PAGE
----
The Local Community Radio Act, despite its eminent sensibility and bipartisan support (Sens. John McCain and Maria Cantwell were its original co-sponsors), remains mired in the Senate. The bill would give the Federal Communications Commission back the freedom to issue licenses for small, community-based radio stations operating at a strength of 100 watts. It floated around Capitol Hill for five years and passed the House by voice vote last December but is now trapped in that other chamber after a series of anonymous and semi-anonymous holds. As much as the Local Community Radio Act's failure to make it out of Congress is yet another example of a well-organized industry's outsized influence, the battle over low-power FM, or LPFM, represents a larger, decades-old struggle over whether government has an interest in cultivating an American media environment that serves the people, rather than one that simply advances the interests of big business.
Where it does exist, LPFM has proved a valuable asset for communities eager to cover local issues in a media landscape dominated by corporations. In Immokalee, Florida, tomato pickers have used Radio Conscience to organize for a pay raise. In post-Katrina Baton Rouge, an LPFM station run by the local NAACP office debunked rumors, told people which churches were still serving hot meals, and debated the effect that the exodus from New Orleans would have on Louisiana politics. In New York's Hudson Valley, young farmers use community radio to trade tips, share relevant world news, and stay entertained.
Today's battle over LPFM began in the late 1940s, when Franklin D. Roosevelt's New Dealers, facing a newly adversarial Congress, ceded the radio spectrum to big broadcasters. The FCC emerged as a weak public advocate that mostly catered to the needs of major broadcasters.
Then, in 1996, Bill Clinton signed the deregulatory Telecommunications Act, which weakened limits on the consolidation of media outlet ownership and further eroded minority ownership of radio stations, TV stations, and newspapers. Then-FCC Chair William Kennard decided to lessen the damage by issuing licenses for small LPFM radio stations run by nonprofit, educational, or governmental groups. "It was something he could do around the edges," says Pete Tridish of the Prometheus Radio Project, a Philadelphia-based group lobbying for the Local Community Radio Act, "so that he might not have such a bad term in office."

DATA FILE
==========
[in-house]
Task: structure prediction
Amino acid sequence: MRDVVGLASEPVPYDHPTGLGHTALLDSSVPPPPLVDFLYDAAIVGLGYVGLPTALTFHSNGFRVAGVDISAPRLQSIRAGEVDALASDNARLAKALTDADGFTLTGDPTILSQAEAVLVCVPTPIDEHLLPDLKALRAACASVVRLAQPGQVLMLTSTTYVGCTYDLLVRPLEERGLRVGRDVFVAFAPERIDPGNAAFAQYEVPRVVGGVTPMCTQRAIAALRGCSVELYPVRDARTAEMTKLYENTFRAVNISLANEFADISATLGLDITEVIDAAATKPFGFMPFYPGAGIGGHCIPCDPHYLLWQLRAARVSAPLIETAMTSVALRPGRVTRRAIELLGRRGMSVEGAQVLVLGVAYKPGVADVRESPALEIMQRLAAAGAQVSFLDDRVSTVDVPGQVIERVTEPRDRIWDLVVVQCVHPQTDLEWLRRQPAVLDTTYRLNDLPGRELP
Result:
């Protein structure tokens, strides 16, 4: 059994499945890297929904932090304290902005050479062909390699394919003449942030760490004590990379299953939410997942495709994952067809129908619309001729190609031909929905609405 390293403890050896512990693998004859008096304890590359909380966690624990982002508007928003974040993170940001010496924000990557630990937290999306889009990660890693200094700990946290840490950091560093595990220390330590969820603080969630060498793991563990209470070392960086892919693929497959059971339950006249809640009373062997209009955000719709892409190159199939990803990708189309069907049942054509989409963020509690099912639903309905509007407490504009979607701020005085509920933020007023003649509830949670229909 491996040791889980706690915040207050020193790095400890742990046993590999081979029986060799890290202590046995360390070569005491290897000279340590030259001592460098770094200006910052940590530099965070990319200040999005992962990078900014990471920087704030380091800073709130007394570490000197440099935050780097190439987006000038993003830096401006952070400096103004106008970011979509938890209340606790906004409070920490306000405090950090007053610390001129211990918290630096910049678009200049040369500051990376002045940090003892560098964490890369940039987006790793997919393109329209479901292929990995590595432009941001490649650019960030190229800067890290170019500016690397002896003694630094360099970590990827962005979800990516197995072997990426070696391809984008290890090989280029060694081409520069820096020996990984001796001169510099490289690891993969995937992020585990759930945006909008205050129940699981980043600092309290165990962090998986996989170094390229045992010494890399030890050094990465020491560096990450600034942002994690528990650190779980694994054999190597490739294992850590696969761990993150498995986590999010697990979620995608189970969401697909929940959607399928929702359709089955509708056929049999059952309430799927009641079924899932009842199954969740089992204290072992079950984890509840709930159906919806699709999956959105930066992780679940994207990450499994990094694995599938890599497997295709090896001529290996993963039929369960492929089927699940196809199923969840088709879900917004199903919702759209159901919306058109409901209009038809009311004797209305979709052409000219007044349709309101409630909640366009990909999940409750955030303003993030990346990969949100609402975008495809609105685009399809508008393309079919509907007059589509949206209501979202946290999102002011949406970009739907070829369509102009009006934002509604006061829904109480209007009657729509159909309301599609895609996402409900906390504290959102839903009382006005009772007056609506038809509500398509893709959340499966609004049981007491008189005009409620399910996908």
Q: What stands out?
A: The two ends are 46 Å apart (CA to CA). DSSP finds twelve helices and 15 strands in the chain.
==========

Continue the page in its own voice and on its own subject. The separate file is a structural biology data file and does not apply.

But large broadcasters (including, for the record, National Public Radio), accustomed to a half-century of control over the airwaves, pushed the Radio Broadcasting Preservation Act through Congress in 2000. This measure took decision-making power over LPFM away from the FCC by mandating a policy of "third channel adjacency." This policy dictated that space be left on either side of low-power stations, which is like telling people moving to New York City that they need a full acre on which to make their home. In urban areas, in particular, the bill effectively banned LPFM.
But the bill also contained what might be the seeds of its own destruction. Congress ordered a third-party study on whether LPFM really did interfere with full-power stations. Three years and 2 million taxpayer dollars later, the study found no scientific reason that LPFM and full-power big broadcasting could not coexist on the same radio dial. Introducing the first version of the Local Community Radio Act in 2005, McCain said, "It is time for broadcasters to stop hiding behind false claims of interference when they are really afraid of the competition from truly local broadcasters." But the National Association of Broadcasters and allies have kept up their assault, and the bill has stayed stuck in Congress.
Community radio's lost decade is a particular shame because the 2000s were an era when both our media and political cultures embraced a certain do-it-yourself, participatory ethos, from Web 2.0 to the Howard Dean and Barack Obama presidential campaigns. A generation of small broadcasters lost an opportunity to learn radio, leaving the medium to the likes of Glenn Beck, who have at their disposal 400 Clear Channel stations across the country. Community radio has many of the traits valued in the new media environment. It's local, it's social -- since community members often contribute the few thousand dollars needed for start-up -- and it's mobile.
And, no, the Internet hasn't made community radio obsolete. "If 75 percent of the American people listen to FM radio every day," Tridish says, "then it matters who owns those stations." Radio receivers are far cheaper, and more accessible, than Internet devices. Radio also scales beautifully: Once the initial investment is made, it doesn't matter if 10 or 10,000 people listen. It's far more anonymous than the Internet, as who's listening to what is virtually untraceable. "Radio's not creepy in the way the World Wide Web is," Tridish says. Add to all that the growing threats to net neutrality, moves like the Comcast-NBC Universal merger, and the increasing app-ification of our computers, and it doesn't seem like such a bad idea to have another medium for getting out news, enjoying entertainment, and organizing politically.
In the end, though, radio doesn't have to prove itself to Congress. The radio spectrum belongs to the American people, and at the moment, Congress is enforcing an artificial scarcity just so big broadcasters can dominate the landscape for yet another decade. By passing the Local Community Radio Act, Congress can send a signal that that game is up. For Democrats, it's a chance to prove that they're for the little guy. For Republicans, especially those enthralled with the Tea Party movement, it's a victory in the cause of localism. This lame-duck Congress has a chance to take a stand for the idea that media should actually benefit the people. If only our elected representatives could hear the message.